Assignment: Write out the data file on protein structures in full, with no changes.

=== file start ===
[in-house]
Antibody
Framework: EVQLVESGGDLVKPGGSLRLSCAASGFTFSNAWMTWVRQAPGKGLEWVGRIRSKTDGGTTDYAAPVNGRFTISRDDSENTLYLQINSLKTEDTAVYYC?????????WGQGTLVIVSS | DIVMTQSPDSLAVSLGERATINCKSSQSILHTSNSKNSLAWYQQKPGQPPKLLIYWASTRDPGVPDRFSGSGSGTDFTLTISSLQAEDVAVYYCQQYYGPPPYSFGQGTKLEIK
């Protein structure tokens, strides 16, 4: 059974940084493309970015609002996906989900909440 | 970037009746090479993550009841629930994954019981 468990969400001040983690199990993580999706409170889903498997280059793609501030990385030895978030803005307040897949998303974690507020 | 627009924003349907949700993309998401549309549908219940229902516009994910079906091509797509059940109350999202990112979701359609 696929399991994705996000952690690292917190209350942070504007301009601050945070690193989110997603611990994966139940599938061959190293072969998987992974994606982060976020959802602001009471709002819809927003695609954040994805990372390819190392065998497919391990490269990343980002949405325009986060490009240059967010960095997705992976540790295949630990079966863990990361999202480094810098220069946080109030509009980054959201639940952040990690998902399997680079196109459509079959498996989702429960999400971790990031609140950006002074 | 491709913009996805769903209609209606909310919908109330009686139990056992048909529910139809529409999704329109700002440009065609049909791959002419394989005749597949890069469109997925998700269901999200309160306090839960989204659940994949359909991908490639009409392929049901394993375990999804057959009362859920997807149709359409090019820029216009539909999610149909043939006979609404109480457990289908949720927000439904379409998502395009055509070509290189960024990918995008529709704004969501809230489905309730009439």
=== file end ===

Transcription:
[in-house]
Antibody
Framework: EVQLVESGGDLVKPGGSLRLSCAASGFTFSNAWMTWVRQAPGKGLEWVGRIRSKTDGGTTDYAAPVNGRFTISRDDSENTLYLQINSLKTEDTAVYYC?????????WGQGTLVIVSS | DIVMTQSPDSLAVSLGERATINCKSSQSILHTSNSKNSLAWYQQKPGQPPKLLIYWASTRDPGVPDRFSGSGSGTDFTLTISSLQAEDVAVYYCQQYYGPPPYSFGQGTKLEIK
């Protein structure tokens, strides 16, 4: 059974940084493309970015609002996906989900909440 | 970037009746090479993550009841629930994954019981 468990969400001040983690199990993580999706409170889903498997280059793609501030990385030895978030803005307040897949998303974690507020 | 627009924003349907949700993309998401549309549908219940229902516009994910079906091509797509059940109350999202990112979701359609 696929399991994705996000952690690292917190209350942070504007301009601050945070690193989110997603611990994966139940599938061959190293072969998987992974994606982060976020959802602001009471709002819809927003695609954040994805990372390819190392065998497919391990490269990343980002949405325009986060490009240059967010960095997705992976540790295949630990079966863990990361999202480094810098220069946080109030509009980054959201639940952040990690998902399997680079196109459509079959498996989702429960999400971790990031609140950006002074 | 491709913009996805769903209609209606909310919908109330009686139990056992048909529910139809529409999704329109700002440009065609049909791959002419394989005749597949890069469109997925998700269901999200309160306090839960989204659940994949359909991908490639009409392929049901394993375990999804057959009362859920997807149709359409090019820029216009539909999610149909043939006979609404109480457990289908949720927000439904379409998502395009055509070509290189960024990918995008529709704004969501809230489905309730009439």